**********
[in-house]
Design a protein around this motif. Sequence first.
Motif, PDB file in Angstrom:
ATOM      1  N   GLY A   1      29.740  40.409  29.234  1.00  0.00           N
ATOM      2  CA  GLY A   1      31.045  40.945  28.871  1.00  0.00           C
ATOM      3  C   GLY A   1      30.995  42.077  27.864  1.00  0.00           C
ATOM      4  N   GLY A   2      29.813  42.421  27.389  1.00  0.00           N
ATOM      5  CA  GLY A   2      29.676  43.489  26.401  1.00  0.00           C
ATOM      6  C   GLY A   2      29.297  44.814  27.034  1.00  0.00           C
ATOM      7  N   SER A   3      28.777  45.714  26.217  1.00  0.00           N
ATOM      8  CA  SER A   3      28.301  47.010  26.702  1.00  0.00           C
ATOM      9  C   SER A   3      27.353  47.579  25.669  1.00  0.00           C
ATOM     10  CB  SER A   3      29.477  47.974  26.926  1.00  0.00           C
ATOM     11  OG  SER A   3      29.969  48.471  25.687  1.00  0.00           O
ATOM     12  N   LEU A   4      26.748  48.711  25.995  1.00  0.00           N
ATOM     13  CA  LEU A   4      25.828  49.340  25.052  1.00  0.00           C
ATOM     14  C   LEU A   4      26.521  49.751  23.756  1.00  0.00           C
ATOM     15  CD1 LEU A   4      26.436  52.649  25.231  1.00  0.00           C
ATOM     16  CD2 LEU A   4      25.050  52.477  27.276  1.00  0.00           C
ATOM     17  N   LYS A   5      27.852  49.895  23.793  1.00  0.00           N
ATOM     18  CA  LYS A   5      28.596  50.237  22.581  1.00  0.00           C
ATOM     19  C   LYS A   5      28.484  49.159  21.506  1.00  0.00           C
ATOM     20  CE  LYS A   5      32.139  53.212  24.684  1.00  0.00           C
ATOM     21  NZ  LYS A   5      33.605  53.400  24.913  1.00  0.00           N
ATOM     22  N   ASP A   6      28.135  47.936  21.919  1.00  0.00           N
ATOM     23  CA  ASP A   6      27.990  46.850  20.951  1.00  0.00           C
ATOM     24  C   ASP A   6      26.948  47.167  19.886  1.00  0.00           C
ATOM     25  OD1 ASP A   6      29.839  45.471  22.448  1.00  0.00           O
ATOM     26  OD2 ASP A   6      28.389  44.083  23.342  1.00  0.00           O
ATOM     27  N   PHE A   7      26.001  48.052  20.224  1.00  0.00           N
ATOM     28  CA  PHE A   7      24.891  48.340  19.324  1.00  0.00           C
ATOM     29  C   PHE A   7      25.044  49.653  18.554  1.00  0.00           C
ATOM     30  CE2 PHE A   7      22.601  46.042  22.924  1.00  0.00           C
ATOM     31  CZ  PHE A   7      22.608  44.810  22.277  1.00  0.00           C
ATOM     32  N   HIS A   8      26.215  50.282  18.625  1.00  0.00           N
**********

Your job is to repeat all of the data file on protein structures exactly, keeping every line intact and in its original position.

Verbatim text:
[in-house]
Design a protein around this motif. Sequence first.
Motif, PDB file in Angstrom:
ATOM      1  N   GLY A   1      29.740  40.409  29.234  1.00  0.00           N
ATOM      2  CA  GLY A   1      31.045  40.945  28.871  1.00  0.00           C
ATOM      3  C   GLY A   1      30.995  42.077  27.864  1.00  0.00           C
ATOM      4  N   GLY A   2      29.813  42.421  27.389  1.00  0.00           N
ATOM      5  CA  GLY A   2      29.676  43.489  26.401  1.00  0.00           C
ATOM      6  C   GLY A   2      29.297  44.814  27.034  1.00  0.00           C
ATOM      7  N   SER A   3      28.777  45.714  26.217  1.00  0.00           N
ATOM      8  CA  SER A   3      28.301  47.010  26.702  1.00  0.00           C
ATOM      9  C   SER A   3      27.353  47.579  25.669  1.00  0.00           C
ATOM     10  CB  SER A   3      29.477  47.974  26.926  1.00  0.00           C
ATOM     11  OG  SER A   3      29.969  48.471  25.687  1.00  0.00           O
ATOM     12  N   LEU A   4      26.748  48.711  25.995  1.00  0.00           N
ATOM     13  CA  LEU A   4      25.828  49.340  25.052  1.00  0.00           C
ATOM     14  C   LEU A   4      26.521  49.751  23.756  1.00  0.00           C
ATOM     15  CD1 LEU A   4      26.436  52.649  25.231  1.00  0.00           C
ATOM     16  CD2 LEU A   4      25.050  52.477  27.276  1.00  0.00           C
ATOM     17  N   LYS A   5      27.852  49.895  23.793  1.00  0.00           N
ATOM     18  CA  LYS A   5      28.596  50.237  22.581  1.00  0.00           C
ATOM     19  C   LYS A   5      28.484  49.159  21.506  1.00  0.00           C
ATOM     20  CE  LYS A   5      32.139  53.212  24.684  1.00  0.00           C
ATOM     21  NZ  LYS A   5      33.605  53.400  24.913  1.00  0.00           N
ATOM     22  N   ASP A   6      28.135  47.936  21.919  1.00  0.00           N
ATOM     23  CA  ASP A   6      27.990  46.850  20.951  1.00  0.00           C
ATOM     24  C   ASP A   6      26.948  47.167  19.886  1.00  0.00           C
ATOM     25  OD1 ASP A   6      29.839  45.471  22.448  1.00  0.00           O
ATOM     26  OD2 ASP A   6      28.389  44.083  23.342  1.00  0.00           O
ATOM     27  N   PHE A   7      26.001  48.052  20.224  1.00  0.00           N
ATOM     28  CA  PHE A   7      24.891  48.340  19.324  1.00  0.00           C
ATOM     29  C   PHE A   7      25.044  49.653  18.554  1.00  0.00           C
ATOM     30  CE2 PHE A   7      22.601  46.042  22.924  1.00  0.00           C
ATOM     31  CZ  PHE A   7      22.608  44.810  22.277  1.00  0.00           C
ATOM     32  N   HIS A   8      26.215  50.282  18.625  1.00  0.00           N